Into the second trading day of the week, the Canadian dollar remains on the backfoot against the pound Sterling. The open to the week was poor for the Canadian currency as the Canadian main stock market index took a tumble to nearly a 10% drop, taking CAD to a four-year low. Ottawa limited entry into the country to help fight the coronavirus spread and measures taken by global central banks failed to calm investors. Meanwhile, the pound continued to suffer from the risk of foreign investor capital drying up amid the coronavirus fears. The British currency relies on this investment to keep its strength, but when global investors run scared, the pound tends to suffer amidst a large repatriation in capital, which subsequently leads to a downside pressure on the currency. The market has noted that the pound suffers when both domestic political uncertainties are afoot and when global markets are in meltdown.
CAD Continues to Suffer; Oil Prices Tumble, and Stock Markets Collapse
With Canada’s main stock market index falling by nearly 10% and CAD hitting a ten-year low, the struggling currency looks unable to catch a break to start the week. The falling oil prices also did little to help out the Canadian currency at the start of the week with Saudi Arabia’s announcement to up oil production still hot off the press from last week, a move which will drive down the price of oil.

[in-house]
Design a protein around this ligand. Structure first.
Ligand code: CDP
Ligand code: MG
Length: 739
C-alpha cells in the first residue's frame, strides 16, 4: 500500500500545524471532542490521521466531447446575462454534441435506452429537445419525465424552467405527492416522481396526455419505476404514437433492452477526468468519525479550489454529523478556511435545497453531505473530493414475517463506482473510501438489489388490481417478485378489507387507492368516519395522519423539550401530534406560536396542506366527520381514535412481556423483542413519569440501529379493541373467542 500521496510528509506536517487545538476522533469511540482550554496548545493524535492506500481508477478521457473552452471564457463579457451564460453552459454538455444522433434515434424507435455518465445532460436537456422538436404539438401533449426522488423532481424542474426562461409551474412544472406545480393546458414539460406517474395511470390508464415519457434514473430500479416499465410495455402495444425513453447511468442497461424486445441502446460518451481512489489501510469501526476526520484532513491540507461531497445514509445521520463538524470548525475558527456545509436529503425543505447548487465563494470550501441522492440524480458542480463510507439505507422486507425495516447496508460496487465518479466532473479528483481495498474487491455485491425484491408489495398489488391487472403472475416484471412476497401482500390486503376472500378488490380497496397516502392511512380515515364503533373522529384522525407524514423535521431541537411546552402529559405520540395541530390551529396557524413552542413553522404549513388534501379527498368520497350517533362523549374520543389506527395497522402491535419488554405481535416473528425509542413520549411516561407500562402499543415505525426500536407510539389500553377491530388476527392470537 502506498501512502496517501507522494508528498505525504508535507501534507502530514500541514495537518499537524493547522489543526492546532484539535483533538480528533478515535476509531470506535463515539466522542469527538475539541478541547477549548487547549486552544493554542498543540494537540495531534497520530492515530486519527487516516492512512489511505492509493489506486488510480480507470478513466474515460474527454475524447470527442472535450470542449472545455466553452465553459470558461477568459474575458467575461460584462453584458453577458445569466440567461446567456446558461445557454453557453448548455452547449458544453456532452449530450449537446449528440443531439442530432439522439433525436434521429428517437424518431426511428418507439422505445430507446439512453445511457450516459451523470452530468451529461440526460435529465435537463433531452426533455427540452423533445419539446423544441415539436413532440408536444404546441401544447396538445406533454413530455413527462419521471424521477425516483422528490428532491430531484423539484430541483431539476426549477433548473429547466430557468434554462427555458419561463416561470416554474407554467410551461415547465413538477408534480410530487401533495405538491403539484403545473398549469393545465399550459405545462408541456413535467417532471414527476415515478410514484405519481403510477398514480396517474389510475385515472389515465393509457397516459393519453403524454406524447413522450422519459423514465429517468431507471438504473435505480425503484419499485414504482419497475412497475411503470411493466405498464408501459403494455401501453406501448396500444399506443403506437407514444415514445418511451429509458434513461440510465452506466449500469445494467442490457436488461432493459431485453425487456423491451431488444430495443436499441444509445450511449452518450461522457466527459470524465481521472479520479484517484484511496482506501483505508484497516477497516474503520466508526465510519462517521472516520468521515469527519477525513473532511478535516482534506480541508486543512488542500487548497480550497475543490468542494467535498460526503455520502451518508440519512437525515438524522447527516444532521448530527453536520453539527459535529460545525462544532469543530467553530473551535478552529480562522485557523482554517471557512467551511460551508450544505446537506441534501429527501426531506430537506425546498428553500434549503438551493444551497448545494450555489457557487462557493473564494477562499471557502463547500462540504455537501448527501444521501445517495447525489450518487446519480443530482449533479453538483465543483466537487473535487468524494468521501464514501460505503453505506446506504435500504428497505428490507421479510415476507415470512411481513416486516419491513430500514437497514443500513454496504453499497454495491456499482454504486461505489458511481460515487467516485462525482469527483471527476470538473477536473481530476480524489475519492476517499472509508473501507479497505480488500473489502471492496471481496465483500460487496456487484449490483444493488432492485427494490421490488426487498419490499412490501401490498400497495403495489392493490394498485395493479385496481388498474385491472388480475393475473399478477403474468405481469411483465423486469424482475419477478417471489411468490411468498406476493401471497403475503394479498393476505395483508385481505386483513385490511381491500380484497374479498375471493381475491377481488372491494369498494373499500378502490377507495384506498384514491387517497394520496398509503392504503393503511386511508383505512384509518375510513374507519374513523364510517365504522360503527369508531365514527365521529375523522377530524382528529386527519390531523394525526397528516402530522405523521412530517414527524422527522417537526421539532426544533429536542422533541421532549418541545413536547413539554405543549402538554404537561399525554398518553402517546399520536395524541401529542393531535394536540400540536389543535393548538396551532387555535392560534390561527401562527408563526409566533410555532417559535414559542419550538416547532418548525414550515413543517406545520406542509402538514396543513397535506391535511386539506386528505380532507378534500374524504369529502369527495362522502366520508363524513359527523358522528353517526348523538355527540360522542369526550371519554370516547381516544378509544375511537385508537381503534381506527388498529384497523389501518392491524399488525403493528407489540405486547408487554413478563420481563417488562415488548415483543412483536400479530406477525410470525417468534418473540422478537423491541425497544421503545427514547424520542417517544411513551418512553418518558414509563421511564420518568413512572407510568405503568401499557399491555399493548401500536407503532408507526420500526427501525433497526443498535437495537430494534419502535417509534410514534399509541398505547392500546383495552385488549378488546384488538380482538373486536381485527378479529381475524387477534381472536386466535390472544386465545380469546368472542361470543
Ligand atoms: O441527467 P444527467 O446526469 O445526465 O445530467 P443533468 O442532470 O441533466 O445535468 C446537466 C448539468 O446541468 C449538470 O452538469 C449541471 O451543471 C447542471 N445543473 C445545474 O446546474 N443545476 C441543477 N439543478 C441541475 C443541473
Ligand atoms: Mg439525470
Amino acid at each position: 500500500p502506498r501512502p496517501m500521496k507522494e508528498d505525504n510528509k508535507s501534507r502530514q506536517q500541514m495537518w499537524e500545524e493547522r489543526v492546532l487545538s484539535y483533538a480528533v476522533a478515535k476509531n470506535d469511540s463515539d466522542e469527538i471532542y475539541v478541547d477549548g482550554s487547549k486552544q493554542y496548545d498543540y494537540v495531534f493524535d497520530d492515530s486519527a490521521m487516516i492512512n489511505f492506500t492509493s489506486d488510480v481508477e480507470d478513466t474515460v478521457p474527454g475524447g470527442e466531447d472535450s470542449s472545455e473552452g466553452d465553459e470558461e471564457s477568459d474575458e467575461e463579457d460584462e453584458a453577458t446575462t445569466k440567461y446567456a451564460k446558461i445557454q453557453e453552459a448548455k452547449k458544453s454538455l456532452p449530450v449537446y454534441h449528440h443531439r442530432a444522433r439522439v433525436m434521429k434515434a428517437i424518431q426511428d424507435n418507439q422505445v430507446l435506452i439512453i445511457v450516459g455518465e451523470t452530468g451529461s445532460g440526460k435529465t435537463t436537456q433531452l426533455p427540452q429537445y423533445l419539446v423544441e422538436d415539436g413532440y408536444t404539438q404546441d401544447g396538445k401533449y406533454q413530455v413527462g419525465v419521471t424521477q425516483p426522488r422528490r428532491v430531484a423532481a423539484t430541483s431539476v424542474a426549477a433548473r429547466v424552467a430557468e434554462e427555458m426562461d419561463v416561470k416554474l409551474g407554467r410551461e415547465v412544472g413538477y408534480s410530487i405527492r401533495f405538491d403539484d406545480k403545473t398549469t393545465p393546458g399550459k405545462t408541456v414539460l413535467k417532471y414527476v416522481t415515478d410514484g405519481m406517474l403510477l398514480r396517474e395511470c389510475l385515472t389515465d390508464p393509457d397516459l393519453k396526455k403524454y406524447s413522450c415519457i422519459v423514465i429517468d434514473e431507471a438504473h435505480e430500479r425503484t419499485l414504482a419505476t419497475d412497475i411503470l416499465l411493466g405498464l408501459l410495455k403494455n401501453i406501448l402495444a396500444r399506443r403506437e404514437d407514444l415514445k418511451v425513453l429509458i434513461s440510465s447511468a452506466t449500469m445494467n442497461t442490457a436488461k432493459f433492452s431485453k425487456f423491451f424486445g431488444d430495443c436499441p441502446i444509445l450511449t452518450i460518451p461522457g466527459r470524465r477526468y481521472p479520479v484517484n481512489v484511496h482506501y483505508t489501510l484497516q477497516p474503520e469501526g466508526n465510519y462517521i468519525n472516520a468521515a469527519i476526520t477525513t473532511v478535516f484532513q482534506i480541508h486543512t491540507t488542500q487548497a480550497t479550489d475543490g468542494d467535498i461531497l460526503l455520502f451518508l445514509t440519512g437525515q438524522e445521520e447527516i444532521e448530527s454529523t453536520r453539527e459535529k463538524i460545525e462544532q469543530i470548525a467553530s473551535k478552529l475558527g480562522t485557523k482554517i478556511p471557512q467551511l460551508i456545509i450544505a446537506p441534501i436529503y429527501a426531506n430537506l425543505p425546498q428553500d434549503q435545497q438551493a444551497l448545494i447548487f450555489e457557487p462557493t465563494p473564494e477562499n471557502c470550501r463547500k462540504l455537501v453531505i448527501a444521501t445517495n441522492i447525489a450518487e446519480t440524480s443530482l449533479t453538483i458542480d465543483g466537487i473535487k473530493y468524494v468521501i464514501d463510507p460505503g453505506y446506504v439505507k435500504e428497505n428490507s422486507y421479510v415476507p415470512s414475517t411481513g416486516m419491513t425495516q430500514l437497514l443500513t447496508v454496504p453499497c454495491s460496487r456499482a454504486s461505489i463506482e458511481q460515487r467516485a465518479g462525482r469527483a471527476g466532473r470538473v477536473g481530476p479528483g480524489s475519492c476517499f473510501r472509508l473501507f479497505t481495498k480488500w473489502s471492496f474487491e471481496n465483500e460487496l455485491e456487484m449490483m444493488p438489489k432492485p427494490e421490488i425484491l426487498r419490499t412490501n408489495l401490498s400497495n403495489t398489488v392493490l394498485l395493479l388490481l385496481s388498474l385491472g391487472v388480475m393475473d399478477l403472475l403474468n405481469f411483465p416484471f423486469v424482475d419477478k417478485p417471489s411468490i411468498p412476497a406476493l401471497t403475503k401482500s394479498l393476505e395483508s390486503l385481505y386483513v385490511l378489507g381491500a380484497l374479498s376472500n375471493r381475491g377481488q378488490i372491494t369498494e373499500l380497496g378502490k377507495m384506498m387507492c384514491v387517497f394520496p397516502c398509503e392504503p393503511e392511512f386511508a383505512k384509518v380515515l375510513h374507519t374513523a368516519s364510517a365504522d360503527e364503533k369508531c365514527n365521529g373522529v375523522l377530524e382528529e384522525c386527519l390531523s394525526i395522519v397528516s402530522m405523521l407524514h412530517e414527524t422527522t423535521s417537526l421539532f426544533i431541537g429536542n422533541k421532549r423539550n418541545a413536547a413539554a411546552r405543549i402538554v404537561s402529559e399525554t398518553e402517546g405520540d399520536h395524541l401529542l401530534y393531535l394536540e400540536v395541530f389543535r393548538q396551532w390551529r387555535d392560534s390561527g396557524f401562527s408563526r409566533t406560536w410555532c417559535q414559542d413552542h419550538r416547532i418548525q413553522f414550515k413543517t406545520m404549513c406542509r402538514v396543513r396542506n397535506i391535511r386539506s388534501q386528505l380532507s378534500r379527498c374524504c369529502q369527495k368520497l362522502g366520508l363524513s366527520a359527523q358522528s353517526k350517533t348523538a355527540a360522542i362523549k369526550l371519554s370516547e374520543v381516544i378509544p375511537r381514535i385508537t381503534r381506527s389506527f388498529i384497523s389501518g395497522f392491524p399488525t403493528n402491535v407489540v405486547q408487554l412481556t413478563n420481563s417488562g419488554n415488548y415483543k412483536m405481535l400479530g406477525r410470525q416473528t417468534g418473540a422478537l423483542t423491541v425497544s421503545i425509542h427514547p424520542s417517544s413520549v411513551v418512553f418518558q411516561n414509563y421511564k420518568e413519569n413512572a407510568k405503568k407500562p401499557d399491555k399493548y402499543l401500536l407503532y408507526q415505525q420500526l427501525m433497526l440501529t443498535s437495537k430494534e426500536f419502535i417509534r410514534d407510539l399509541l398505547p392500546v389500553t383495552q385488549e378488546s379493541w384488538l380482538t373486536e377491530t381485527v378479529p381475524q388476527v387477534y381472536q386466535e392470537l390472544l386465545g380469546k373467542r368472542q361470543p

The US Federal Reserve and other major central banks acted aggressively on Sunday, with the Fed cutting interest rates to near zero. On Monday, the Bank of Canada announced new measures to help support key funding markets. But the action did little to support stock markets and the price of oil, one of Canada’s major exports, as investors worried that efforts to contain the spread of the virus would stall economic activity. Meanwhile, the Toronto Stock Exchange Composite Index, closed down 9.9% at 12,360.40, having hit its weakest intraday level since January 2016 at 11,883.66. The index has fallen more than 31% from its February 28 peak. The market notes that it is highly unlikely now that the Canadian BoC will wait until their next policy meeting in April to slash rates by a final 50bps.
GBP Also Takes a Hit as Coronavirus Could Drive off Foreign Investor Capital
GBP investors are hoping that the fears surrounding the virus will not be substantial enough to drive away foreign investors. However, the UK public recently reacted to the UK Prime Minister’s ‘lack of action’ concerning the coronavirus outbreak. By only taking the containment phase to the ‘delay’ phase, many were underwhelmed by the response and called for the closure of schools and airports like many other European countries.
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